TRACI DEVETTE GRIGGS: Okay. So have you looked at North Carolina and how are we looking?

SUE LIEBEL: In North Carolina, you have abortion is illegal after viability. So, in the state of North Carolina, abortions can happen up until viability, which is generally considered—let’s just say in the court—at around 24 weeks. You did pass a 20-week ban because a baby can feel pain at that time. Now, this is quite some time ago. Now we know that a baby can feel pain at 15, maybe even as early as 12 weeks. North Carolina did that, but it was enjoined in the court and still is; there’s still an injunction for that. So you’re still at viability. You did pass a law to prohibit discriminatory abortions, like if a baby has Down Syndrome for example, or because of the baby’s sex—the sex election—but we know that your governor vetoed that last year. So you’re still at viability. If the Supreme Court does return the power to the states to ban pre-viability abortion, it’ll stay legal in North Carolina until your legislature and your governor does something about that.

So, the suggestion for North Carolina would be to go for a more comprehensive ban on abortion. If your legislature is not in session at that time? A couple other legislatures around the country are saying that they’re going to call a special session. The governor or in some cases the legislature can call itself back into session to deal with that. It’ll be a huge issue; it’ll just rock the country; it’ll just be a rock and roll kind of day or month. In North Carolina, though, you’re going to have to be, I think, realistic and careful about what you can do, given the fact that your governor is not pro-life and/or any hesitation within your legislature. So it’s going to come down to your legislature to pass the laws, and it’ll come down to your governor to sign them and/or the legislature to override them. So elections matter!

TRACI DEVETTE GRIGGS: They do matter, and mattering more and more on the state level these days, but it’s not just all about laws, is it? I mean, we really need to persuade the hearts and minds of people.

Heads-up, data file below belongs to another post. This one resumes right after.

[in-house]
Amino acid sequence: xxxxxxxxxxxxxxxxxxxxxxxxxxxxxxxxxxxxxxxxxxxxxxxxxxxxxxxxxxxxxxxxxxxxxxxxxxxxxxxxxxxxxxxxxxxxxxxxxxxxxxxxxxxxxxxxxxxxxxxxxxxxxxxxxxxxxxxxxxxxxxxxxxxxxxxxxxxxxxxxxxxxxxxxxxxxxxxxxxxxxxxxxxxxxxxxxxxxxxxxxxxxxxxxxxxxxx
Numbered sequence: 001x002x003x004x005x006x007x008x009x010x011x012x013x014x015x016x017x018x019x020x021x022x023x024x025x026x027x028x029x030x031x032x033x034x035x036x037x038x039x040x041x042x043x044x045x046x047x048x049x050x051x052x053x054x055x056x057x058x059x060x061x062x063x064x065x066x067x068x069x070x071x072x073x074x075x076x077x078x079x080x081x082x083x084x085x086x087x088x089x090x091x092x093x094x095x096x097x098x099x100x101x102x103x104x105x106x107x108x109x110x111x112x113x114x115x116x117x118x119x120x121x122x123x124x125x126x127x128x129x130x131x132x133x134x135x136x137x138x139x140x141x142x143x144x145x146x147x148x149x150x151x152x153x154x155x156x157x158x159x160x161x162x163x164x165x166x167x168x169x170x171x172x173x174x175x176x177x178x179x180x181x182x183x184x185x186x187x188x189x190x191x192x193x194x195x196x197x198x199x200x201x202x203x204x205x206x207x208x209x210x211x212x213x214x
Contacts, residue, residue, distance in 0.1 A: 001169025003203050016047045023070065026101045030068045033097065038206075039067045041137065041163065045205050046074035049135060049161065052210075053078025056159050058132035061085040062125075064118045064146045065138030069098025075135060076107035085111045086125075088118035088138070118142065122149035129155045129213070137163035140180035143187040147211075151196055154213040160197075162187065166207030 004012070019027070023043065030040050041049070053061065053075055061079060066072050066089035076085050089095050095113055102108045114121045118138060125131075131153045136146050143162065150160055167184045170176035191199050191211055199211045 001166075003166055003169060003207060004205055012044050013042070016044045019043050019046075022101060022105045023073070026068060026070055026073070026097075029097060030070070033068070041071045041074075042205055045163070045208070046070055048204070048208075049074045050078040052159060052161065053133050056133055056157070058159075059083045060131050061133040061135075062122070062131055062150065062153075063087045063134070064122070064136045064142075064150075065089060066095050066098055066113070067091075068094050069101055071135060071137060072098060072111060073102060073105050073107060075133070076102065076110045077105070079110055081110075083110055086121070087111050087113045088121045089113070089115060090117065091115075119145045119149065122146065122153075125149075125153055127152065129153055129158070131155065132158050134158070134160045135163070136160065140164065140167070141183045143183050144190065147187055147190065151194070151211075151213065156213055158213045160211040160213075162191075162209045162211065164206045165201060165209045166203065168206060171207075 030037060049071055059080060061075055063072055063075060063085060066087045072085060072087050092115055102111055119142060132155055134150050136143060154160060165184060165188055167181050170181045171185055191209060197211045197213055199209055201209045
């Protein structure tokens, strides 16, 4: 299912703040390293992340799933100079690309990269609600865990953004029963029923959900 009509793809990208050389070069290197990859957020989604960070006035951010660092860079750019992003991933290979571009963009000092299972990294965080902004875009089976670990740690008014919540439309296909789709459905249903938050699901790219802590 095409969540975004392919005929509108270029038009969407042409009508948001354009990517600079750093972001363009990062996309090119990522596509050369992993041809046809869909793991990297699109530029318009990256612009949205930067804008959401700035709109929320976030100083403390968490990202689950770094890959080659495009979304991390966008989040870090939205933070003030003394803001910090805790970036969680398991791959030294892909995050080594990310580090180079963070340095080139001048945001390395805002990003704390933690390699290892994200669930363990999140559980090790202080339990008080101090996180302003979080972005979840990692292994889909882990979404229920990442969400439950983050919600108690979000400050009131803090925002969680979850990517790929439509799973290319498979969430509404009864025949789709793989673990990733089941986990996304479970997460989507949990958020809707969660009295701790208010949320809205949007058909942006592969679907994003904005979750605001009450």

SUE LIEBEL: Yes, that’s so true. It really is true, and it’s the same way with a lot of things. We can pass laws, but what we really want to do is make abortion not just illegal but unthinkable. So this is also a cultural or a moral or ethical kind of issue as well, to change the hearts and minds of people in our communities. So we need to continue. Even if Roe is overturned completely, there will still be states that will make it legal. Really what’s going to happen in the Dobbs case is that if they overturn Roe, they’ll give it back to the states. So states like New York and New Jersey and Illinois and others, they’re going to keep it legal. So, you’re going to see—just like before Roe—you’re going to see women traveling to go get an abortion. It’s a little bit different day and age we have since 1973. We know that in some of those states where it would be legal, they’re making it a tourist destination; they’re putting incentives on hotels and travel. I mean, it’s all for abortion!

But really talking to your neighbors, our church communities, our civic communities—really just talking about the scourge that is abortion. It doesn’t just kill babies; it kills the souls of women. We see so, so many times women and their regret. We have millions of women in this country, and frankly, when they hear these debates on TV or on the evening news, or they see the rioting or whatever, it’s very hurtful as well. But the other side just doesn’t care about that. They just want to keep that legal, but we need to make abortion unthinkable. We need to also help women heal and help families forward.